Title:
Method for Rapid Testing of the Quality of Cereals, Grits and Flours by Measuring the Aggregation of Gluten
Kind Code:
A1


Abstract:
The invention concerns a method and a device for rapid testing of the quality of cereals, grits and flours by measuring the aggregation of gluten, whereby the sample to be tested in aqueous solution/suspension containing mineral salts and/or acids and/or liquors in a specific amount in a sample cup is stirred with an electrically driven stirring paddle and the resistance opposed to the paddle by the sample during the stirring process is measured, the torque loads acting on the rotatably mounted electric drive motor being measured from the beginning of the stirring process by means of extensometric gauges, the measurement being completed once the maximum rotating torque is reached and the measuring process being monitored, controlled and analyzed by software.



Inventors:
Dreisorner, Jens (Lubbecke, DE)
Application Number:
12/083174
Publication Date:
10/29/2009
Filing Date:
09/28/2006
Primary Class:
International Classes:
G01N33/10
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Primary Examiner:
FAYYAZ, NASHMIYA SAQIB
Attorney, Agent or Firm:
COLLARD & ROE, P.C. (ROSLYN, NY, US)
Claims:
1. Method for a rapid test of the quality of grains, crushed grains, and flours, by means of measuring the gluten aggregation, whereby the sample to be tested is stirred up in aqueous solution/suspension with mineral salts and/or acids and/or bases, in a defined amount, in a sample beaker (1), by means of an electrically driven stirring paddle (2), and the resistance with which the sample counters the paddle(2) during the stirring process is measured, in that the torsion forces that act on the electric motor mounted so as to rotate are measured by way of expansion measurement strips, starting from the beginning of the stirring process, and the measurement is ended when the torque maximum is reached, whereby the measurement process is monitored, controlled, and evaluated by means of software.

2. Method according to claim 1, wherein the speed of rotation of the electric motor is predetermined by the software and automatically corrected by means of constant comparison of the reference values and actual values.

3. Method according to claim 2, wherein the speed of rotation is <6000 rpm.

4. Method according to one of claim 1, wherein the ratio of material to be tested and sample solution lies between 1:1.2 and 1:1.5.

5. Method according to claim 1, wherein the suspension medium has a conductivity>5 μS and a pH<2 to 13.

6. Device for carrying out the method according to claim 1, wherein the sample beaker (1) is disposed below the stirring paddle drive, in such a manner that the stirring paddle (2) can be moved into the sample beaker (1) from above, and the longitudinal cross-section of the smooth-walled sample beaker (1) essentially agrees with the outline of the stirring paddle (2), whereby recesses that are open to the outside are provided in the longitudinal side edges of the stirring paddle (2), and recesses that are closed in themselves are provided in the inside surface of the stirring paddle (2).

7. Device according to claim 6, wherein the sample beaker (1) has a device for determining temperature.

8. Device according to claim 1, wherein the force exerted by the paddle (2) onto the electric motor mounted so as to rotate is transferred to a measurement device (4) that works with expansion measurement strips, by way of a lever arm (3), and that the torque is calculated from the known lever length and the measured force.

Description:

The invention relates to a method for a rapid test of the quality of grains, crushed grains, and flours, by means of measuring the gluten aggregation.

In their article “Qualitätsbeschreibung von Mehlen für nicht hefegelockerte feine Backwaren” [“Quality description of flours for fine baked goods not loosened with yeast”], in: Getreide, Mehl und Brot [Grain, Flour, and Bread] 52 (1998), 2, the authors Botterbrodt, Hanneforth, Lewandrowski, and Brümmer explain that in the description of flour quality, the questions as to what characteristic data characterize the quality, and what characteristic data possess informational value for the range of use stand in the foreground. The characteristic values of flour quality, e.g. the protein content, the wet gluten content, but also those obtained from baking experiments, such as the rapid mix test (RMT), are variables known for this purpose.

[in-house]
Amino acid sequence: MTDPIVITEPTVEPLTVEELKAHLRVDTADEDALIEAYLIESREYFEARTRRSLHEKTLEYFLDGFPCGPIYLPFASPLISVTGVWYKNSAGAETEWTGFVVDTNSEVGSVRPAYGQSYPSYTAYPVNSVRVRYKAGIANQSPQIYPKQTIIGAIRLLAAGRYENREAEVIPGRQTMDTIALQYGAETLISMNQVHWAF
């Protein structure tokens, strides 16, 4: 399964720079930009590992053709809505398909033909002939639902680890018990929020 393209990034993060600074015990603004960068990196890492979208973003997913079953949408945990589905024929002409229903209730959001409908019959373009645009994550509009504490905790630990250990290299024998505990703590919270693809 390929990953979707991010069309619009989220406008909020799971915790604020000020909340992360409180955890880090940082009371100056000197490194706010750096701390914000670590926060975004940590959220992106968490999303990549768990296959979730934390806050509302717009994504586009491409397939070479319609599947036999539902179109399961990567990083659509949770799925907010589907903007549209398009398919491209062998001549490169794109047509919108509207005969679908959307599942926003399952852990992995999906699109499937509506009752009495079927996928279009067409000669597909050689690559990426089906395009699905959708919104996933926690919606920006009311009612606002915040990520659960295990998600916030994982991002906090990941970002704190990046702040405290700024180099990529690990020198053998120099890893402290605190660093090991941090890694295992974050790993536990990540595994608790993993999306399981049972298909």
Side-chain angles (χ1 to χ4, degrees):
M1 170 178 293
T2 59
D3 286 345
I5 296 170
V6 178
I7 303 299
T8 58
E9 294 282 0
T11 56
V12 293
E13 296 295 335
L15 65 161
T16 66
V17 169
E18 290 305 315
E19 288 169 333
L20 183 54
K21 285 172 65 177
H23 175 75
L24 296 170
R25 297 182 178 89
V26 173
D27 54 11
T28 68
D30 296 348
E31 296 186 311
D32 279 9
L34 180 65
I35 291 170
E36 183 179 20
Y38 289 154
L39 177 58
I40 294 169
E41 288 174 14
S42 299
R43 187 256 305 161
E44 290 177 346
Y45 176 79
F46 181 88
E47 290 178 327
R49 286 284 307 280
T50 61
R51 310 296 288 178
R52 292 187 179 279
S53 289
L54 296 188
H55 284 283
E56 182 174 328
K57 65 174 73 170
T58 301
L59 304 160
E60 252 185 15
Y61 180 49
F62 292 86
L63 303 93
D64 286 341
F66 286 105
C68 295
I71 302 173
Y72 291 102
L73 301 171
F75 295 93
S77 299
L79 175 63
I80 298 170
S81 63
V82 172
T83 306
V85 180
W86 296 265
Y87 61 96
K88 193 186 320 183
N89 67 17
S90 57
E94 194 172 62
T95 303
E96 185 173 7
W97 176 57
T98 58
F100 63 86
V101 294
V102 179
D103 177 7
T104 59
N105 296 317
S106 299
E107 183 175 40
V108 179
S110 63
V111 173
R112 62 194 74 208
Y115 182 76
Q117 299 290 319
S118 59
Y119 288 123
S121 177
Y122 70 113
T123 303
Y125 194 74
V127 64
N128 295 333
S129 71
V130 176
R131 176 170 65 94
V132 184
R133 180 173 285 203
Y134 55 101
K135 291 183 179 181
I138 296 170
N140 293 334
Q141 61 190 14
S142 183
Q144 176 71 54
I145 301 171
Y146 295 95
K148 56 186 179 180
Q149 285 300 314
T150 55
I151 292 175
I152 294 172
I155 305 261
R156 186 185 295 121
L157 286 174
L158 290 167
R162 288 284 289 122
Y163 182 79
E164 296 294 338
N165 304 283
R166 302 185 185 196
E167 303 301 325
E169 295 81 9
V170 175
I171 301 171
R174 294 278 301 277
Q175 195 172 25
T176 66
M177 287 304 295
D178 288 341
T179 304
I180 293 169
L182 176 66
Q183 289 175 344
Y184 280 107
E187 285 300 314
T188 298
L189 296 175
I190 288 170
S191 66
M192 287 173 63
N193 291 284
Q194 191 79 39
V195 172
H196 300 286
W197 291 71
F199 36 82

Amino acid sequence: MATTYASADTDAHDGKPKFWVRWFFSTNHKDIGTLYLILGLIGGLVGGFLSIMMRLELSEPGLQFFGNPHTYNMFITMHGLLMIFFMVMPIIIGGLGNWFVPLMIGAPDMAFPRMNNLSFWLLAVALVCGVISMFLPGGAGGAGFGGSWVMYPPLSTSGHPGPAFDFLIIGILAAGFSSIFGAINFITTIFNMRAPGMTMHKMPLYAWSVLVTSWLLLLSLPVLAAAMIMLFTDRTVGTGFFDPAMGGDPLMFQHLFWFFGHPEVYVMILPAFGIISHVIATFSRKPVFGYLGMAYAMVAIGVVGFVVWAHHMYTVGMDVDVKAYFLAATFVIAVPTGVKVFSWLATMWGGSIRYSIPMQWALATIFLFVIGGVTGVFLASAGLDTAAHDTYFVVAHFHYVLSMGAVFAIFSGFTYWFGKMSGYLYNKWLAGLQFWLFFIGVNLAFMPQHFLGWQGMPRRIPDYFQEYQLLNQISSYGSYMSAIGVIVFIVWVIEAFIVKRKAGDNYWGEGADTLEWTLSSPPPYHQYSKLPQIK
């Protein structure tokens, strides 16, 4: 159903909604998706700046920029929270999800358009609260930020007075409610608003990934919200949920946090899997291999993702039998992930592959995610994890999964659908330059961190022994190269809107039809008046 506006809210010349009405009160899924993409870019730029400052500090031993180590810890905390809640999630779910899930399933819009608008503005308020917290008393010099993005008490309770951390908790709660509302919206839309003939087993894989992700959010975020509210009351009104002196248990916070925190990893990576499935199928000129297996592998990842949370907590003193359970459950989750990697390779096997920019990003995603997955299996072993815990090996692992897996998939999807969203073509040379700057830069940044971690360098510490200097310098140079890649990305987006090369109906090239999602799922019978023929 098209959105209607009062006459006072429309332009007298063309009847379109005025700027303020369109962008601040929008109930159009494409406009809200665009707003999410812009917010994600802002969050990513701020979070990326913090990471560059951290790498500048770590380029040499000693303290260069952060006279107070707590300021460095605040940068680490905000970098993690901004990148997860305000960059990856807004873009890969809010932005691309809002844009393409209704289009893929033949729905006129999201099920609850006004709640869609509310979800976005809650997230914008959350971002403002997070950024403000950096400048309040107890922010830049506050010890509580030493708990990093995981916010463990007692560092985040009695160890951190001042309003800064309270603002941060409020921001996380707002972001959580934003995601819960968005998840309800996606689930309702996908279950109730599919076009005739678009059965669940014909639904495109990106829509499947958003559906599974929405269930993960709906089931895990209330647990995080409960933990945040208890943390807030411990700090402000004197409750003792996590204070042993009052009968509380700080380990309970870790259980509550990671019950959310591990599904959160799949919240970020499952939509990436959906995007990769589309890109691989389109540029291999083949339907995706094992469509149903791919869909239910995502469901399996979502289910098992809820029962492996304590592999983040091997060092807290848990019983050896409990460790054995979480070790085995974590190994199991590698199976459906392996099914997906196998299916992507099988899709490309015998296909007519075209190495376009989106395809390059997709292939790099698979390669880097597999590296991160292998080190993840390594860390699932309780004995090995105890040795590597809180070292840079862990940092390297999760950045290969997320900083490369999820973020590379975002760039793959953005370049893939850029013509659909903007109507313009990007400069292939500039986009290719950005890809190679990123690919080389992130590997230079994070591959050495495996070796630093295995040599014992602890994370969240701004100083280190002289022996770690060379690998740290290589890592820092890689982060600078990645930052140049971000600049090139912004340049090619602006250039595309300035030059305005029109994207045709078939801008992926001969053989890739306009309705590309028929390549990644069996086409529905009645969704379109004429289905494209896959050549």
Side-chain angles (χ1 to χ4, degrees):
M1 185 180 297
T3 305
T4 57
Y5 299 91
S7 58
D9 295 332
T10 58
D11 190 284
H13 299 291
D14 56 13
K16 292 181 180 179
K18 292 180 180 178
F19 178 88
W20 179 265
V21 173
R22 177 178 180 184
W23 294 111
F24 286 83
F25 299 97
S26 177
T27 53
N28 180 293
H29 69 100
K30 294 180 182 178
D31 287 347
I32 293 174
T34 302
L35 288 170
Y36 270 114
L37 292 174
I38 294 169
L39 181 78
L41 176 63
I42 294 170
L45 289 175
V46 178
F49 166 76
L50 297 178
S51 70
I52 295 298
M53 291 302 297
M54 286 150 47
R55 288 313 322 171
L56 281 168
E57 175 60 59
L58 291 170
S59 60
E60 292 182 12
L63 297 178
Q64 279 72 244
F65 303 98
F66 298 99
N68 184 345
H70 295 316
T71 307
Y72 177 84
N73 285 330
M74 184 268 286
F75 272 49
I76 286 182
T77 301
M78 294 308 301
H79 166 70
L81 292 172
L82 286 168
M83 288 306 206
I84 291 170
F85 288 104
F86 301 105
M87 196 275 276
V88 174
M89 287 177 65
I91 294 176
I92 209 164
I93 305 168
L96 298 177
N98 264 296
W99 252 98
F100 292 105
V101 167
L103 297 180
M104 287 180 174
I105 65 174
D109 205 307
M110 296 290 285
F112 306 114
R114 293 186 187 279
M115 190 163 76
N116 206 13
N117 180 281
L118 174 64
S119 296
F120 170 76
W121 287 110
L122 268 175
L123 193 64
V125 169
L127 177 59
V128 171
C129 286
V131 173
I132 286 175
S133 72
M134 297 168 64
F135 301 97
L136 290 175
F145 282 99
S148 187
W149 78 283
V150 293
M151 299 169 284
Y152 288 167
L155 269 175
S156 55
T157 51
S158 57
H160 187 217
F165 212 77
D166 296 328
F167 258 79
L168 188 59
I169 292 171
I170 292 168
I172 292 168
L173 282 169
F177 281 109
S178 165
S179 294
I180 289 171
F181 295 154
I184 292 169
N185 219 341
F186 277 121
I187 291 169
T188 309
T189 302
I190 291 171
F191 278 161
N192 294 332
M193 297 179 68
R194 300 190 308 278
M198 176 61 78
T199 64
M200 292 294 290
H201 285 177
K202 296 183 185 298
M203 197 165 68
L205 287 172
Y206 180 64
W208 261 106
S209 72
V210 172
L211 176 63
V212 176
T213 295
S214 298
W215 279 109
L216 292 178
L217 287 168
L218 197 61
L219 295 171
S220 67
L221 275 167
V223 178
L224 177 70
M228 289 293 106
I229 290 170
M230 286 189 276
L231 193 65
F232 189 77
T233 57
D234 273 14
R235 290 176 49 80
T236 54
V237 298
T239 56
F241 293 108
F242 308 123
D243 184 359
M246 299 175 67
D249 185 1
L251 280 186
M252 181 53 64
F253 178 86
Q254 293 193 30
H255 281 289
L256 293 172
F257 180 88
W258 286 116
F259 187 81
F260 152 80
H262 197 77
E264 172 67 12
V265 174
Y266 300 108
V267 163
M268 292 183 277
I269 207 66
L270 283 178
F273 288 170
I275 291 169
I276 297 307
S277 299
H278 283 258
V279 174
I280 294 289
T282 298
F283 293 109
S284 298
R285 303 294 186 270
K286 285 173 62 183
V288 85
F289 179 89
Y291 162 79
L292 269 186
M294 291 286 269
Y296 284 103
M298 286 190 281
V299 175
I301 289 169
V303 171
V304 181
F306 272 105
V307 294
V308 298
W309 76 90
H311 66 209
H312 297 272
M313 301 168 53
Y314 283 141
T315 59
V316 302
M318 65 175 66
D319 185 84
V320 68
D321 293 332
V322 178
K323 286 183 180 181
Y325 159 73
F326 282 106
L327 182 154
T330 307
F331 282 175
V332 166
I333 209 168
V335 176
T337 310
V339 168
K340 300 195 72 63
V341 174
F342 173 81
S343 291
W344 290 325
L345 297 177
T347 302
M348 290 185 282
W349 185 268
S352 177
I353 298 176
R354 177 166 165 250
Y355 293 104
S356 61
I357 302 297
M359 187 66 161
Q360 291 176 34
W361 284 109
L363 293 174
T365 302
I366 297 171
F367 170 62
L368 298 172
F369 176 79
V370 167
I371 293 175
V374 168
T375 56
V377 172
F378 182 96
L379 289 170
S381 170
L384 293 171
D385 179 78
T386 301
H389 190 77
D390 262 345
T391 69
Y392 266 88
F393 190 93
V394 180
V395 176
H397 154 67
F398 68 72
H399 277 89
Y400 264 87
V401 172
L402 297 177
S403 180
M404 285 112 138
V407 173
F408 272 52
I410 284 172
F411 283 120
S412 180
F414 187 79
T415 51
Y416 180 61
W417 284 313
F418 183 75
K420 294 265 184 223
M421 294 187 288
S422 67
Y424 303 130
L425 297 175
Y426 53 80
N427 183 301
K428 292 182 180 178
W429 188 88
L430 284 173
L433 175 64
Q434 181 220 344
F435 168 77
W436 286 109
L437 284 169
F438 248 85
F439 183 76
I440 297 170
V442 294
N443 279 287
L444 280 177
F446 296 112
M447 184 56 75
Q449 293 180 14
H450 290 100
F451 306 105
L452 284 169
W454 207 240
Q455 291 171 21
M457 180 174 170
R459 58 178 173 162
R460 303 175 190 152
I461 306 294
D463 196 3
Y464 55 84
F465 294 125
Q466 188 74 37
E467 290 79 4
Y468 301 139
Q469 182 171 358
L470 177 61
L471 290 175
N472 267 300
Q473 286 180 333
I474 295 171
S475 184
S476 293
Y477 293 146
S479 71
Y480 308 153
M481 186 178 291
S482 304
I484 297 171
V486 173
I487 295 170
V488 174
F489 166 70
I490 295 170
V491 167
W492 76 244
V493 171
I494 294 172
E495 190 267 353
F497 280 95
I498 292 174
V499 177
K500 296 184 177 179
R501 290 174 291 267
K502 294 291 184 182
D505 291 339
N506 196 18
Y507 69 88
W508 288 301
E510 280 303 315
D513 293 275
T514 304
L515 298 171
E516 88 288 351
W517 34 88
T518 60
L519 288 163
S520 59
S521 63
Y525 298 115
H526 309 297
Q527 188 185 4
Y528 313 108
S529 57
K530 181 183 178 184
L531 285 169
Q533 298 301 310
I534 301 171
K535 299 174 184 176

In the article, in connection with rapid testing of flours, the so-called knock-out test is mentioned, which was already described for the first time in 1997, in the journal “Getreide, Mehl und Brot,” Issue 51, by the authors Hanneforth, Zwingelberg, and Gebhard. In this test, also known as the gluten aggregation test, the aggregation behavior of a flour/water suspension in a ratio of 1:1.2 to 1:1.5 is observed, using distilled water. The grain to be studied is brought to a certain temperature and weighed into the mixer top in a commercially available mixer (110 g, for example). The water is tempered to 23° C., for example, and also weighed into the mixer (132 g, for example).

The mixer is turned on and allowed to run at a medium level (at approximately 4500 rpm) for about 20 seconds. Then, the mixer top is scratched slightly, and subsequently the mixer is operated for another 20 seconds at the previous level. Then the mixer is stopped for a short time, and the actual measurement begins, whereby the mixer runs at a higher level (6250 rpm, for example). The measurement is recorded and the time period between start of measurement and end of measurement is determined. The end of the measurement is reached when the power consumption of 2 amperes is reached after the maximum. The goal and purpose of this test is to confirm wheat lots (e.g. of the E and A wheat groups) that have been delivered and marked accordingly, by means of a corresponding aggregation behavior.

For a determination of the time point of maximal gluten cross-linking, an ampere meter is connected with the mixer. As a result of the formation of the gluten lattice in the mass, the mixer experiences increasing resistance, which leads to increased power consumption and thus to an increase in the ampere number displayed.

However, a disadvantage in this method is the fact that identical electric motors can never be present in different devices, so that each device records different power consumption values, since different windings also bring different thermal general conditions with them.

Furthermore, the use of distilled water is not suitable for every sample, since it has been found that in the case of many samples, in the case of so-called weak flours, no aggregation takes place. A further disadvantage is the relatively large sample amount that is needed. Another decisive disadvantage, however, is the long testing time, whereby the preparatory method steps up to the start of the actual measurement are complicated and time-intensive.

The invention is therefore based on the task of conducting a rapid test of the type stated initially, in such a manner that more precise results are obtained independent of the device, with a minimized sample amount, even in the case of weak flours.